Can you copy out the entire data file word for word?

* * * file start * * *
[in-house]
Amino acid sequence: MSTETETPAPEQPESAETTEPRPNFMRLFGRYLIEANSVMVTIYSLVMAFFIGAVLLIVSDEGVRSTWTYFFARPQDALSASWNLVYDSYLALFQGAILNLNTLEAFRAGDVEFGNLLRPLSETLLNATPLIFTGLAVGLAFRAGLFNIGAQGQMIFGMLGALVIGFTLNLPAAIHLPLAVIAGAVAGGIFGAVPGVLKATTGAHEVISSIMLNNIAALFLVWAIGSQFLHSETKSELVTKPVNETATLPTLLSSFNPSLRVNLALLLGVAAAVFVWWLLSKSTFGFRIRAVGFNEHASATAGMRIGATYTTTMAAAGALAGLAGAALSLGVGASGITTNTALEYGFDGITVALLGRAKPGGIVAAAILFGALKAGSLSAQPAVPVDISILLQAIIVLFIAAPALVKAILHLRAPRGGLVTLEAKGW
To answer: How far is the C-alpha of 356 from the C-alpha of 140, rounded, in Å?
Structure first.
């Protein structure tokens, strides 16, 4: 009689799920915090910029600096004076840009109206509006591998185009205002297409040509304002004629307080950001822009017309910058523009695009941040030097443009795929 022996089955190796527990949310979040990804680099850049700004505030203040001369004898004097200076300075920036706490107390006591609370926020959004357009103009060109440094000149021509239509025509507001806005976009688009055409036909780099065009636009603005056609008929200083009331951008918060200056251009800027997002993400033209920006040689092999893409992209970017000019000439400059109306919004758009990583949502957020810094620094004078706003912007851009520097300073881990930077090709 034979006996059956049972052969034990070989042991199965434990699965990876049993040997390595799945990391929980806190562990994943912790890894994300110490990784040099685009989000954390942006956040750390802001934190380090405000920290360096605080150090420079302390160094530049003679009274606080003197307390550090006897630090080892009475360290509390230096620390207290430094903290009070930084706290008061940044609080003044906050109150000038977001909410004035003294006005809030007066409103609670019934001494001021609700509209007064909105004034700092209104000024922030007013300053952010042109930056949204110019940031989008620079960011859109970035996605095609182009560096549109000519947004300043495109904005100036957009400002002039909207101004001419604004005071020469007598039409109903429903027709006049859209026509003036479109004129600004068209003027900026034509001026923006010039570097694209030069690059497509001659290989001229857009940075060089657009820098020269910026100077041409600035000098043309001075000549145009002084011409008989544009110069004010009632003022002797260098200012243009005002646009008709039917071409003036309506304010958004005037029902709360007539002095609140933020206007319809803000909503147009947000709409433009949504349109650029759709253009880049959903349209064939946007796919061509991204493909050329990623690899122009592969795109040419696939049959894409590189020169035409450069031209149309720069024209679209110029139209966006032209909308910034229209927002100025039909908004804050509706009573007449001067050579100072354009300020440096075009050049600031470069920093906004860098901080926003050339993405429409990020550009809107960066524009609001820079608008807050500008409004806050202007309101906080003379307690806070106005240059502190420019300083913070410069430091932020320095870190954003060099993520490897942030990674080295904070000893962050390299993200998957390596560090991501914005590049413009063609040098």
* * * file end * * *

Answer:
[in-house]
Amino acid sequence: MSTETETPAPEQPESAETTEPRPNFMRLFGRYLIEANSVMVTIYSLVMAFFIGAVLLIVSDEGVRSTWTYFFARPQDALSASWNLVYDSYLALFQGAILNLNTLEAFRAGDVEFGNLLRPLSETLLNATPLIFTGLAVGLAFRAGLFNIGAQGQMIFGMLGALVIGFTLNLPAAIHLPLAVIAGAVAGGIFGAVPGVLKATTGAHEVISSIMLNNIAALFLVWAIGSQFLHSETKSELVTKPVNETATLPTLLSSFNPSLRVNLALLLGVAAAVFVWWLLSKSTFGFRIRAVGFNEHASATAGMRIGATYTTTMAAAGALAGLAGAALSLGVGASGITTNTALEYGFDGITVALLGRAKPGGIVAAAILFGALKAGSLSAQPAVPVDISILLQAIIVLFIAAPALVKAILHLRAPRGGLVTLEAKGW
To answer: How far is the C-alpha of 356 from the C-alpha of 140, rounded, in Å?
Structure first.
């Protein structure tokens, strides 16, 4: 009689799920915090910029600096004076840009109206509006591998185009205002297409040509304002004629307080950001822009017309910058523009695009941040030097443009795929 022996089955190796527990949310979040990804680099850049700004505030203040001369004898004097200076300075920036706490107390006591609370926020959004357009103009060109440094000149021509239509025509507001806005976009688009055409036909780099065009636009603005056609008929200083009331951008918060200056251009800027997002993400033209920006040689092999893409992209970017000019000439400059109306919004758009990583949502957020810094620094004078706003912007851009520097300073881990930077090709 034979006996059956049972052969034990070989042991199965434990699965990876049993040997390595799945990391929980806190562990994943912790890894994300110490990784040099685009989000954390942006956040750390802001934190380090405000920290360096605080150090420079302390160094530049003679009274606080003197307390550090006897630090080892009475360290509390230096620390207290430094903290009070930084706290008061940044609080003044906050109150000038977001909410004035003294006005809030007066409103609670019934001494001021609700509209007064909105004034700092209104000024922030007013300053952010042109930056949204110019940031989008620079960011859109970035996605095609182009560096549109000519947004300043495109904005100036957009400002002039909207101004001419604004005071020469007598039409109903429903027709006049859209026509003036479109004129600004068209003027900026034509001026923006010039570097694209030069690059497509001659290989001229857009940075060089657009820098020269910026100077041409600035000098043309001075000549145009002084011409008989544009110069004010009632003022002797260098200012243009005002646009008709039917071409003036309506304010958004005037029902709360007539002095609140933020206007319809803000909503147009947000709409433009949504349109650029759709253009880049959903349209064939946007796919061509991204493909050329990623690899122009592969795109040419696939049959894409590189020169035409450069031209149309720069024209679209110029139209966006032209909308910034229209927002100025039909908004804050509706009573007449001067050579100072354009300020440096075009050049600031470069920093906004860098901080926003050339993405429409990020550009809107960066524009609001820079608008807050500008409004806050202007309101906080003379307690806070106005240059502190420019300083913070410069430091932020320095870190954003060099993520490897942030990674080295904070000893962050390299993200998957390596560090991501914005590049413009063609040098």